The business class, during… scarce 100 years, has created more massive and more colossal productive forces than have all preceding generations together. Subjection of Nature’s forces to [hu]man[ity], machinery, application of chemistry to industry and agriculture, steam-navigation, railways, electric telegraphs, clearing of whole continents for cultivation, canalisation of rivers, whole populations conjured out of the ground—what earlier century had even a presentiment that such productive forces slumbered in the lap of social labour?…

However, the benefits of greater human power to harvest fruits from nature and organize persons did not trickle down. There were, broadly speaking, as of 1870 three views about why it did not trickle down; and about what, if anything, ought to be done about it:

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Save for white baby-boomers and pre-baby boomers who rode the post-WWII wave of government-sponsored housing finance and inflation on the one hand and union and white-collar defined-benefit pensions on the other, by and large the "middle class" in terms of wealth has always been a multi-generational phenomenon: what with keeping-up-with-the-joneses and the slings-and-arrows-of-fortune, several generations of secure middle-class incomes are required to build up anything that can be called a middle-class wealth stock.

And racial discrimination has made it impossible for African-Americans to have such a run of security:

Darrick Hamilton: Racial Equality Is Economic Equality: "Race is a stronger predictor of wealth than class itself. The 2017 Survey of Consumer Finances indicates that the typical black family has about $17,600 in wealth (inclusive of home equity); in contrast, the typical white family has about $171,000. This amounts to an absolute racial wealth gap where the typical black family owns only ten cents for every dollar owned by the typical white family!...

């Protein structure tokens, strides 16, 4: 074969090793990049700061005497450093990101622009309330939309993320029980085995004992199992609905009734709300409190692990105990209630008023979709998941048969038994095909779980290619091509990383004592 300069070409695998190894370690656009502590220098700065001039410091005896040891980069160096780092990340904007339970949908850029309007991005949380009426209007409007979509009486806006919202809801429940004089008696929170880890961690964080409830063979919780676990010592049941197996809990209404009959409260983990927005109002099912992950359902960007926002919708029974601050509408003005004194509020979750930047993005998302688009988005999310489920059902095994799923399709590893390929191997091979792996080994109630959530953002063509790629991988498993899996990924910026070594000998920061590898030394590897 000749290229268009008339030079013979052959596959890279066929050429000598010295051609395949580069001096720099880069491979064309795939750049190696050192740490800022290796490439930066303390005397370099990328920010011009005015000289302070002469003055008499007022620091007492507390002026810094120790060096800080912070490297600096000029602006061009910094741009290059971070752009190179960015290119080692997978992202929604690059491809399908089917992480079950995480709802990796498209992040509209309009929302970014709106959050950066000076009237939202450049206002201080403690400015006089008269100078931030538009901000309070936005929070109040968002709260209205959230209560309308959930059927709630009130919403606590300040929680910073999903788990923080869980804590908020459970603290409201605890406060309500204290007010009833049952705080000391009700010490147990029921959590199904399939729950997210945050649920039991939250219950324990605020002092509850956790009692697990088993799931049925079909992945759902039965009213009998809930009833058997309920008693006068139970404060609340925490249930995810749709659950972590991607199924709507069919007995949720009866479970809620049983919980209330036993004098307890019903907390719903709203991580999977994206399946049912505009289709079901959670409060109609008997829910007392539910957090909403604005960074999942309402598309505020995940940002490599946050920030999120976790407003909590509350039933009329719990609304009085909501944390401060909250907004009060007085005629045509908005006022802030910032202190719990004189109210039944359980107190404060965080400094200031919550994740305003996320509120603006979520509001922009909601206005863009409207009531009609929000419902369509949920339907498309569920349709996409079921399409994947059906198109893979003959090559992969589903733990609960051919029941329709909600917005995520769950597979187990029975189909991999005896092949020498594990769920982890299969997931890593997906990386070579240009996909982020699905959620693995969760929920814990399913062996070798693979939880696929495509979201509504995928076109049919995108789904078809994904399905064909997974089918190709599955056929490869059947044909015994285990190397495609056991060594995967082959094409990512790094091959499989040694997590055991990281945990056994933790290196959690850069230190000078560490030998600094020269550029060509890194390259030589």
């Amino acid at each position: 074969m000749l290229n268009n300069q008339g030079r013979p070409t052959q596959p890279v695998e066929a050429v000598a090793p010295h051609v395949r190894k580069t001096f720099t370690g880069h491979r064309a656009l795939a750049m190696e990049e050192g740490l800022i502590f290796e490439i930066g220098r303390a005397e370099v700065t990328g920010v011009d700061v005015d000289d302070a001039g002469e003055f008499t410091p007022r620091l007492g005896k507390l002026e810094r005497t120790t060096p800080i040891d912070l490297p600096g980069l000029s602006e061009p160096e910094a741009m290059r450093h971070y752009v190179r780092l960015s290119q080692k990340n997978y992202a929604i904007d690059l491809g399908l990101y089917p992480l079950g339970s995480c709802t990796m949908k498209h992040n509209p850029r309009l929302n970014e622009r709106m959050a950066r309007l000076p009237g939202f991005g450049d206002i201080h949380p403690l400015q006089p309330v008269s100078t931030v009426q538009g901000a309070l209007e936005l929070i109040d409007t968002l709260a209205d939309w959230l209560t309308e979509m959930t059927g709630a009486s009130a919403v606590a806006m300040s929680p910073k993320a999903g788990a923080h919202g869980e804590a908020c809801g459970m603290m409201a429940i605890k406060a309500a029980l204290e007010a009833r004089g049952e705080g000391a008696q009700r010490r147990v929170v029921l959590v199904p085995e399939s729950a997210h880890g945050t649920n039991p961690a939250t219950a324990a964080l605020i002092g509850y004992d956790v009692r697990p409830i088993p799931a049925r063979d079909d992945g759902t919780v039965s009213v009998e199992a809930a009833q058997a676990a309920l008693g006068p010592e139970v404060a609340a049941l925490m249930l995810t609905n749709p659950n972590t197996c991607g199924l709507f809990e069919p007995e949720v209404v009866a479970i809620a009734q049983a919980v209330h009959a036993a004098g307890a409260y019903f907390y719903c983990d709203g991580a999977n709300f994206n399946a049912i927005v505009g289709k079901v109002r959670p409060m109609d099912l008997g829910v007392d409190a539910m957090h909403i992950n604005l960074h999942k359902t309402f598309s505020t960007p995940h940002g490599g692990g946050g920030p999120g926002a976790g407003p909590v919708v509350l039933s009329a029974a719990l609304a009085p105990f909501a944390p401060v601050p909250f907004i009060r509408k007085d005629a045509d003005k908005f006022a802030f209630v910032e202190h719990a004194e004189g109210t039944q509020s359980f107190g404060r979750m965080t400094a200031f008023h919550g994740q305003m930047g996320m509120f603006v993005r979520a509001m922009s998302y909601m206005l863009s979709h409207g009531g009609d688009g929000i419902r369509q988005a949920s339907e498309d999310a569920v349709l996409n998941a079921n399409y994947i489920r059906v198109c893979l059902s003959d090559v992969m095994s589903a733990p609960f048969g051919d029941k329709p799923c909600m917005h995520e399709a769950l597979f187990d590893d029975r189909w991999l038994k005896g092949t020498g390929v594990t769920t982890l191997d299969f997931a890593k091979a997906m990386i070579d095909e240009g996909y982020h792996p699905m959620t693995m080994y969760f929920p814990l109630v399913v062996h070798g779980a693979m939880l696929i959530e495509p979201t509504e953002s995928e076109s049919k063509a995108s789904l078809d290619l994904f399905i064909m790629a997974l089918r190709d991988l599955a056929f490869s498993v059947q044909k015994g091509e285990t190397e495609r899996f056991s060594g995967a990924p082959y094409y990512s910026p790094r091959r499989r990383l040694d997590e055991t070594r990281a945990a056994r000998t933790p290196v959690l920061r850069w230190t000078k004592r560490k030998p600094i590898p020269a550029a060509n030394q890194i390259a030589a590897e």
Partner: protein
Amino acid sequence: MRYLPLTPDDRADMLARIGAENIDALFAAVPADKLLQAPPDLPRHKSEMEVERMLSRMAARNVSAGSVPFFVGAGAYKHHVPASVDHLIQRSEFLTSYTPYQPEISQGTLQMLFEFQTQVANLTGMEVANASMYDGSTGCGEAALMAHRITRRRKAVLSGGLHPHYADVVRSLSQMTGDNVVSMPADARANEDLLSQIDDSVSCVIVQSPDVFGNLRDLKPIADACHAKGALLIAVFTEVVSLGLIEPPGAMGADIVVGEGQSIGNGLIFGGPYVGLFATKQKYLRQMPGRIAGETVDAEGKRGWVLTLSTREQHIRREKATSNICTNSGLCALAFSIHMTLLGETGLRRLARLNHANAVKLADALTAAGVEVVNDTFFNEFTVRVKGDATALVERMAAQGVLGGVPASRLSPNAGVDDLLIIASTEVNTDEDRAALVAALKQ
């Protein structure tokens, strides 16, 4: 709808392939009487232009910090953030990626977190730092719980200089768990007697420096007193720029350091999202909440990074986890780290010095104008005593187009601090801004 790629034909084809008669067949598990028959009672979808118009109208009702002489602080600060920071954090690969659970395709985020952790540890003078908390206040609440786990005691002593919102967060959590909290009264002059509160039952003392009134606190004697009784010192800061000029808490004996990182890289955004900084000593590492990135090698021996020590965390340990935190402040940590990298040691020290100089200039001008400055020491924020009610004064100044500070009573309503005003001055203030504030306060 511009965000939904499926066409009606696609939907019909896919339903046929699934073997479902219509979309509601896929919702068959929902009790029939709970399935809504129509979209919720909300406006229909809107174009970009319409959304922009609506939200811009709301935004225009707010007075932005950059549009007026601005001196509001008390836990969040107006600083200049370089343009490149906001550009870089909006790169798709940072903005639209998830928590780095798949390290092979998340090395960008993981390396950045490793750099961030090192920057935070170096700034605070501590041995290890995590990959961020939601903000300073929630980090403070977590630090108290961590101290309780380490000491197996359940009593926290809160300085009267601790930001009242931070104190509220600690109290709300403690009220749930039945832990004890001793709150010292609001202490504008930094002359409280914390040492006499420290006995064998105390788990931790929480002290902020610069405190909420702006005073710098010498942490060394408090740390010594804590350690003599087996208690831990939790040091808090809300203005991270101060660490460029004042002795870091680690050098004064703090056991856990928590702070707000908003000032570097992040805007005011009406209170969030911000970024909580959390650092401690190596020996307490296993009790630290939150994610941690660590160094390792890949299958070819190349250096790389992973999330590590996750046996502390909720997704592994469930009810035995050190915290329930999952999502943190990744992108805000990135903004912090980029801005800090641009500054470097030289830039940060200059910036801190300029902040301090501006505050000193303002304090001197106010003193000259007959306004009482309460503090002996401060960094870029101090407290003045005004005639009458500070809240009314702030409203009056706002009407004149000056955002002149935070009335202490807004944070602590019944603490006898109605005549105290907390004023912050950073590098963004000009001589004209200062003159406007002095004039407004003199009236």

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Alan Krueger's suicide is horrible and tragic news. All sympathy to his family. He was a light that shone very brightly for good into many dark corners. זיכרונה לברכה: Noah Smith: Alan Krueger Led a Quiet Economics Revolution: "Nor did Krueger restrict himself to the academy... chief economist at the Department of Labor... assistant Treasury secretary... chairman of the Council of Economic Advisers later in the Obama administration.... Krueger’s work defined what a modern economist should look like. He relentlessly focused on issues of practical, immediate importance. He constantly concerned himself with the betterment of the lives of poor and working people, but refused to naively assume that programs designed to help these people always had the intended effect. He was always aware of relevant economic theories, but never let himself be bound by them. This eclectic, humble, humanistic but practical approach has set the tone for an entire generation of young economists. He was taken from us far too soon, but his impact on economics, and on the world, will last for a very long time to come...